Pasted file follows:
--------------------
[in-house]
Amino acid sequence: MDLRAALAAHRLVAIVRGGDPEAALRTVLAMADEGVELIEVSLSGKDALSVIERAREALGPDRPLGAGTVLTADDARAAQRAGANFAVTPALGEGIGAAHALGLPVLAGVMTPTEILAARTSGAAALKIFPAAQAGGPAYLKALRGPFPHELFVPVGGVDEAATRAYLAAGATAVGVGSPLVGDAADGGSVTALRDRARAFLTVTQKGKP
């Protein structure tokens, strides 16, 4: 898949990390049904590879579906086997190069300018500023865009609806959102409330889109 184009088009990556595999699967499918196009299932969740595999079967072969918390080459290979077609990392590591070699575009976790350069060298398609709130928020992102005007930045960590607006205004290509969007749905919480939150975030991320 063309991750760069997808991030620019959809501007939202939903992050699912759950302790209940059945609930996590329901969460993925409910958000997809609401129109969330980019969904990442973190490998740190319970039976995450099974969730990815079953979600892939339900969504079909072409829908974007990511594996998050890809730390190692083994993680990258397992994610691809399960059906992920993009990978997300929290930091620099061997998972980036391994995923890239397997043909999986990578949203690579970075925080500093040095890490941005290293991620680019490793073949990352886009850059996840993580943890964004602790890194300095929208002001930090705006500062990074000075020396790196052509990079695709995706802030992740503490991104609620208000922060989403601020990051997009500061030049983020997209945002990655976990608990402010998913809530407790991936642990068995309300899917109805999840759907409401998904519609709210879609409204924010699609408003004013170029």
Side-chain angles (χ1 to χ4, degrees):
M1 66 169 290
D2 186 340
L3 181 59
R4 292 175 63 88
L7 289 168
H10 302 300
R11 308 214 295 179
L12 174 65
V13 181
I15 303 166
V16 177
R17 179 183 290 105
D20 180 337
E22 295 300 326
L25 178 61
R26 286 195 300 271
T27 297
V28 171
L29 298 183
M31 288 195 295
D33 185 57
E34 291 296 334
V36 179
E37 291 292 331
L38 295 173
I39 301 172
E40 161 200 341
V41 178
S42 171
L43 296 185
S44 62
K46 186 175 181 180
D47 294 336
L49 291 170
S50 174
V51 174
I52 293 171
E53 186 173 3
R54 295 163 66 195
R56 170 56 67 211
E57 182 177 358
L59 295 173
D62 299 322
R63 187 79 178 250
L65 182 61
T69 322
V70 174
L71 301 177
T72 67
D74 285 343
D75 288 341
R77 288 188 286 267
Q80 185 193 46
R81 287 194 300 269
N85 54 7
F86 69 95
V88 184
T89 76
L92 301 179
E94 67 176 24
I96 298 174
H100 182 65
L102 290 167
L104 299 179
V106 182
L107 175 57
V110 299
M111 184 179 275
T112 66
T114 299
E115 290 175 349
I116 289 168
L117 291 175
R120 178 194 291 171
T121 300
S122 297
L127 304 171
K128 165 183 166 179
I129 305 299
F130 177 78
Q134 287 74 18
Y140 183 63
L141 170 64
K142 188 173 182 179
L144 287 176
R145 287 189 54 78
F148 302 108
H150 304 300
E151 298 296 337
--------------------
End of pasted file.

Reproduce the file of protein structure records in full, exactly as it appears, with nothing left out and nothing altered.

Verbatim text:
[in-house]
Amino acid sequence: MDLRAALAAHRLVAIVRGGDPEAALRTVLAMADEGVELIEVSLSGKDALSVIERAREALGPDRPLGAGTVLTADDARAAQRAGANFAVTPALGEGIGAAHALGLPVLAGVMTPTEILAARTSGAAALKIFPAAQAGGPAYLKALRGPFPHELFVPVGGVDEAATRAYLAAGATAVGVGSPLVGDAADGGSVTALRDRARAFLTVTQKGKP
């Protein structure tokens, strides 16, 4: 898949990390049904590879579906086997190069300018500023865009609806959102409330889109 184009088009990556595999699967499918196009299932969740595999079967072969918390080459290979077609990392590591070699575009976790350069060298398609709130928020992102005007930045960590607006205004290509969007749905919480939150975030991320 063309991750760069997808991030620019959809501007939202939903992050699912759950302790209940059945609930996590329901969460993925409910958000997809609401129109969330980019969904990442973190490998740190319970039976995450099974969730990815079953979600892939339900969504079909072409829908974007990511594996998050890809730390190692083994993680990258397992994610691809399960059906992920993009990978997300929290930091620099061997998972980036391994995923890239397997043909999986990578949203690579970075925080500093040095890490941005290293991620680019490793073949990352886009850059996840993580943890964004602790890194300095929208002001930090705006500062990074000075020396790196052509990079695709995706802030992740503490991104609620208000922060989403601020990051997009500061030049983020997209945002990655976990608990402010998913809530407790991936642990068995309300899917109805999840759907409401998904519609709210879609409204924010699609408003004013170029």
Side-chain angles (χ1 to χ4, degrees):
M1 66 169 290
D2 186 340
L3 181 59
R4 292 175 63 88
L7 289 168
H10 302 300
R11 308 214 295 179
L12 174 65
V13 181
I15 303 166
V16 177
R17 179 183 290 105
D20 180 337
E22 295 300 326
L25 178 61
R26 286 195 300 271
T27 297
V28 171
L29 298 183
M31 288 195 295
D33 185 57
E34 291 296 334
V36 179
E37 291 292 331
L38 295 173
I39 301 172
E40 161 200 341
V41 178
S42 171
L43 296 185
S44 62
K46 186 175 181 180
D47 294 336
L49 291 170
S50 174
V51 174
I52 293 171
E53 186 173 3
R54 295 163 66 195
R56 170 56 67 211
E57 182 177 358
L59 295 173
D62 299 322
R63 187 79 178 250
L65 182 61
T69 322
V70 174
L71 301 177
T72 67
D74 285 343
D75 288 341
R77 288 188 286 267
Q80 185 193 46
R81 287 194 300 269
N85 54 7
F86 69 95
V88 184
T89 76
L92 301 179
E94 67 176 24
I96 298 174
H100 182 65
L102 290 167
L104 299 179
V106 182
L107 175 57
V110 299
M111 184 179 275
T112 66
T114 299
E115 290 175 349
I116 289 168
L117 291 175
R120 178 194 291 171
T121 300
S122 297
L127 304 171
K128 165 183 166 179
I129 305 299
F130 177 78
Q134 287 74 18
Y140 183 63
L141 170 64
K142 188 173 182 179
L144 287 176
R145 287 189 54 78
F148 302 108
H150 304 300
E151 298 296 337